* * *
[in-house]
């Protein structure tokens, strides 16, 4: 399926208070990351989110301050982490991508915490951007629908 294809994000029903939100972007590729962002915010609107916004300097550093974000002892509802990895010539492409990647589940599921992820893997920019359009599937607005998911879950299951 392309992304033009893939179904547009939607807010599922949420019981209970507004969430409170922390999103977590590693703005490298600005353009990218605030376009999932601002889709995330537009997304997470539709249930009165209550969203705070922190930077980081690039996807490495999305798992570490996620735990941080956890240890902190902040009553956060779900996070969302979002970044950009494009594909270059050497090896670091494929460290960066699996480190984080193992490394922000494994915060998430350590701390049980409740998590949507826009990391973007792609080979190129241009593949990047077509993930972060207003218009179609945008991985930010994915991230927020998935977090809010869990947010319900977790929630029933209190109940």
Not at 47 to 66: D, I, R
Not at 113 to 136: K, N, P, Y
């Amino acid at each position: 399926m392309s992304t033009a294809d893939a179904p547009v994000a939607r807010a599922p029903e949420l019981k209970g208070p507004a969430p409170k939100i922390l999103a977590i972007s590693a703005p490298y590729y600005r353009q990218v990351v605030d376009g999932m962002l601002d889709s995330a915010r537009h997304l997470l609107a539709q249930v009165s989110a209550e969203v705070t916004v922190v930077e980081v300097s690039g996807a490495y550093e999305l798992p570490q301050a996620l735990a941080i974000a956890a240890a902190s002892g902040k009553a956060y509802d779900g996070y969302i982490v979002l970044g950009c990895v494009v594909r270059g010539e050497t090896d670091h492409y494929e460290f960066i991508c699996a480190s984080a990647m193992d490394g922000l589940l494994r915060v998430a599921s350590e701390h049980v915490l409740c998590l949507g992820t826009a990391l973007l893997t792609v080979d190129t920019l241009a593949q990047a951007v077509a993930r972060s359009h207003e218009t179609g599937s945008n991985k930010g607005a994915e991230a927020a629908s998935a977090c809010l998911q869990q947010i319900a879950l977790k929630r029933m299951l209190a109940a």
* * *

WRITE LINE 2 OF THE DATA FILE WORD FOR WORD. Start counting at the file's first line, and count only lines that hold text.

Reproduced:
């Protein structure tokens, strides 16, 4: 399926208070990351989110301050982490991508915490951007629908 294809994000029903939100972007590729962002915010609107916004300097550093974000002892509802990895010539492409990647589940599921992820893997920019359009599937607005998911879950299951 392309992304033009893939179904547009939607807010599922949420019981209970507004969430409170922390999103977590590693703005490298600005353009990218605030376009999932601002889709995330537009997304997470539709249930009165209550969203705070922190930077980081690039996807490495999305798992570490996620735990941080956890240890902190902040009553956060779900996070969302979002970044950009494009594909270059050497090896670091494929460290960066699996480190984080193992490394922000494994915060998430350590701390049980409740998590949507826009990391973007792609080979190129241009593949990047077509993930972060207003218009179609945008991985930010994915991230927020998935977090809010869990947010319900977790929630029933209190109940």